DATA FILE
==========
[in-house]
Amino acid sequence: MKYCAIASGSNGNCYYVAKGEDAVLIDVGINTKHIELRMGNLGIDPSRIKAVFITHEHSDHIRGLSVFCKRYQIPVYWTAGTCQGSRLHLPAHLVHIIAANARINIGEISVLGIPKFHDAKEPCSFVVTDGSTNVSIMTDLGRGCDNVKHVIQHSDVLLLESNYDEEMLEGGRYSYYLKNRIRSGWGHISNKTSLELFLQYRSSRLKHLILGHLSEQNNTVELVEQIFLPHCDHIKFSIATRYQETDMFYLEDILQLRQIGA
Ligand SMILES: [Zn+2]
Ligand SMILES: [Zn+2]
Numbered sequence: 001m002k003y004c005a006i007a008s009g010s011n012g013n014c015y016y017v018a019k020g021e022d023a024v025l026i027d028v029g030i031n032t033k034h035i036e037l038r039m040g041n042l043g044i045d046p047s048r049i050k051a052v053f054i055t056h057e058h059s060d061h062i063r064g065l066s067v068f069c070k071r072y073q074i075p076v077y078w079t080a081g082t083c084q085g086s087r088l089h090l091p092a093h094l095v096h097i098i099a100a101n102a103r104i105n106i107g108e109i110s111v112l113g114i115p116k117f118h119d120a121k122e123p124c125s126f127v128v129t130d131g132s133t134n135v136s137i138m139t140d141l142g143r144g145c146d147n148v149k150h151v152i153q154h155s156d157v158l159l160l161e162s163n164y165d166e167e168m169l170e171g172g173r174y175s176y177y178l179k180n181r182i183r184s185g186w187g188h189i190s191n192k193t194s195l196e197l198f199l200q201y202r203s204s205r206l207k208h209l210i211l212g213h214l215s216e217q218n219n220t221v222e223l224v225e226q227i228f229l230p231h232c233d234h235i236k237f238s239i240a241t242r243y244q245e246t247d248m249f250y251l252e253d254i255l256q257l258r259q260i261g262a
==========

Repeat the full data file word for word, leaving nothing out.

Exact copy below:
[in-house]
Amino acid sequence: MKYCAIASGSNGNCYYVAKGEDAVLIDVGINTKHIELRMGNLGIDPSRIKAVFITHEHSDHIRGLSVFCKRYQIPVYWTAGTCQGSRLHLPAHLVHIIAANARINIGEISVLGIPKFHDAKEPCSFVVTDGSTNVSIMTDLGRGCDNVKHVIQHSDVLLLESNYDEEMLEGGRYSYYLKNRIRSGWGHISNKTSLELFLQYRSSRLKHLILGHLSEQNNTVELVEQIFLPHCDHIKFSIATRYQETDMFYLEDILQLRQIGA
Ligand SMILES: [Zn+2]
Ligand SMILES: [Zn+2]
Numbered sequence: 001m002k003y004c005a006i007a008s009g010s011n012g013n014c015y016y017v018a019k020g021e022d023a024v025l026i027d028v029g030i031n032t033k034h035i036e037l038r039m040g041n042l043g044i045d046p047s048r049i050k051a052v053f054i055t056h057e058h059s060d061h062i063r064g065l066s067v068f069c070k071r072y073q074i075p076v077y078w079t080a081g082t083c084q085g086s087r088l089h090l091p092a093h094l095v096h097i098i099a100a101n102a103r104i105n106i107g108e109i110s111v112l113g114i115p116k117f118h119d120a121k122e123p124c125s126f127v128v129t130d131g132s133t134n135v136s137i138m139t140d141l142g143r144g145c146d147n148v149k150h151v152i153q154h155s156d157v158l159l160l161e162s163n164y165d166e167e168m169l170e171g172g173r174y175s176y177y178l179k180n181r182i183r184s185g186w187g188h189i190s191n192k193t194s195l196e197l198f199l200q201y202r203s204s205r206l207k208h209l210i211l212g213h214l215s216e217q218n219n220t221v222e223l224v225e226q227i228f229l230p231h232c233d234h235i236k237f238s239i240a241t242r243y244q245e246t247d248m249f250y251l252e253d254i255l256q257l258r259q260i261g262a